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Financial services investigations and enforcement monthly round up - July 2019

A round-up of recent enforcement actions and investigations in the financial services sector

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Standard Life Assurance Limited fined £30 million

  • On 23 July 2019, Standard Life Assurance Limited (SLAL) was fined over £30million for failures related to non-advised sales of annuities.
  • The FCA found that SLAL failed to put in place adequate controls to monitor the quality of calls between call handlers and non-advised customers. SLAL also offered staff large financial incentives to sell annuities, which conflicted with giving customers full and accurate information. During the period of misconduct, 22% of call handers received more than 100% of their basic salary in bonus payments.
  • When the problem was identified, SLAL carried out a past business review to identify customers who had been affected. As at 31 May 2019, had paid approximately £25.3 million to over 15,000 customers.
  • SLAL's overall fine was discounted by 30%, since the firm agreed to accept the FCA's findings. If it had not done so, the financial penalty would have been in excess of £43million.

Two found guilty of insider dealing

  • On 27 June 2019, ex-UBS employee Fabiana Abdel-Malek, and her friend, Walid Choucair were sentenced to 3 years' imprisonment on insider trading charges.
  • Ms Abdel-Malek, a former UBS compliance officer, used her position to identify information relating to the proposed takeovers of five companies which she then passed on to her family friend Mr Choucair, an experienced day trader of financial securities. Mr Choucair made £1.4 million profit from the trades. The two sought to conceal their criminal activity by using unregistered pay-as-you-go 'burner' phones.
  • The prosecution did not claim Ms Abdel-Malek received any money for passing on the inside information, but both defendants were given the same sentence. In return for access to the information, Mr Choucair gave Ms Abdel-Malek access to his extravagent lifestyle.
  • The case is the FCA's only big insider trading trial to reach a jury in the past three years. The FCA commented that it 'is determined to attack all forms of insider dealing from opportunistic insiders to those who devise dishonest schemes to exploit and manipulate sources of inside information.'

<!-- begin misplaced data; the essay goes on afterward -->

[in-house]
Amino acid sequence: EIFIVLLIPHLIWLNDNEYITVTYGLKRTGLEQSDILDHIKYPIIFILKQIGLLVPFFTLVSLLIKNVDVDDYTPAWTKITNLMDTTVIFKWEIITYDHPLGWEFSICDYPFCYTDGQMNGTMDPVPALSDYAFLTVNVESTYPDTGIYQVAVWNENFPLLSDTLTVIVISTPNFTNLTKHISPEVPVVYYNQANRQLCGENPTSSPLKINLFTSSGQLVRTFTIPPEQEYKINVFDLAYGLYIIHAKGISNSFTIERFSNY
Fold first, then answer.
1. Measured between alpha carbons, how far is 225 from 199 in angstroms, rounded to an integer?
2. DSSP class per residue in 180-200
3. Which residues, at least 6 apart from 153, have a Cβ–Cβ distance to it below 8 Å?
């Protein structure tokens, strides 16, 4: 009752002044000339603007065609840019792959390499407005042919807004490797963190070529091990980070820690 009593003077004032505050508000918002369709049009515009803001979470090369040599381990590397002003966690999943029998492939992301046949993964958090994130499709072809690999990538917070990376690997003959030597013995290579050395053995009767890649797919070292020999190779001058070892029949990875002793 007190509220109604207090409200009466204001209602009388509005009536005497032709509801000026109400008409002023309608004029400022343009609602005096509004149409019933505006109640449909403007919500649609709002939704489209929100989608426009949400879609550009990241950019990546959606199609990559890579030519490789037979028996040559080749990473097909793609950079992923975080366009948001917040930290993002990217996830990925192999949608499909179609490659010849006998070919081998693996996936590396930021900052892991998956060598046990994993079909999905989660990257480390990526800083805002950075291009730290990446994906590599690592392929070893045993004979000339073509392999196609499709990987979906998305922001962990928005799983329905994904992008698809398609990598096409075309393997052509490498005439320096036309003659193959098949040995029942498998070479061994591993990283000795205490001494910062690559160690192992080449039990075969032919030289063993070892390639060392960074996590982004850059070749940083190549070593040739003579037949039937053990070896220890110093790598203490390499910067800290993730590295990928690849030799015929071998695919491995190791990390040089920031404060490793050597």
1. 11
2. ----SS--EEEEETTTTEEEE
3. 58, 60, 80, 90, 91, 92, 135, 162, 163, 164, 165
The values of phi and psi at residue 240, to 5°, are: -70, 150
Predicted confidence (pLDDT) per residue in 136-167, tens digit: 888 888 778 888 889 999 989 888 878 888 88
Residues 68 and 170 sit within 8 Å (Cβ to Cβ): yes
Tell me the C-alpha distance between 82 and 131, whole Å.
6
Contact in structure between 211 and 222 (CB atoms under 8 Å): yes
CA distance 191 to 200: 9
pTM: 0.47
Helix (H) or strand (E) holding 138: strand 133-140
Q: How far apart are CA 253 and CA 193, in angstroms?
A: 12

FCA publishes Enforcement Annual Performance Report and AML Report

  • On 9 July 2019, the FCA published its Enforcement Annual Performance Report which gives an overview of the FCA's enforcement activities during 2018/2019.
  • Whilst the total number of financial penalties imposed by the FCA remains the same as the previous year, the value has significantly increased from £60.9million to £227.3million. A link to the report can be found here.
  • The FCA also published its Anti-money Laundering Annual Report for 2018/2019 on 9 July 2019. The FCA has confirmed it has over 60 ongoing AML investigations, some of which are being investigated on a dual track basis, incorporating both criminal and regulatory investigations. The report can be found here.

High court orders payment back to FCA

  • Four defendants, Samuel Golding, Shantelle Golding, Digital Wealth Limited and Outsourcing Express Limited have been ordered by the High Court to pay back funds that were raised in an unauthorised investment scheme, to the FCA. The FCA will distribute the recovered monies to investors.
  • The defendants set up a scheme purporting to involve purchasing wholesale goods from China for onward sale at unrealistic high returns. In fact, it was an unauthorised investment scheme and illegal deposit-taking which contravened FSMA. The schemes raised over £15million.
  • The FCA took urgent enforcement action to prevent the disposal of the funds. Of the total raised, £9.25million was paid out to investors as returns and the defendants spent £2.7million.
  • As a result of the court order, the FCA will take control of £3.4million which will be distributed to affected consumers. This will still leave consumers with a loss of at least £2.7million.

This publication is intended for general guidance and represents our understanding of the relevant law and practice as at July 2019. Specific advice should be sought for specific cases. For more information see our terms and conditions.

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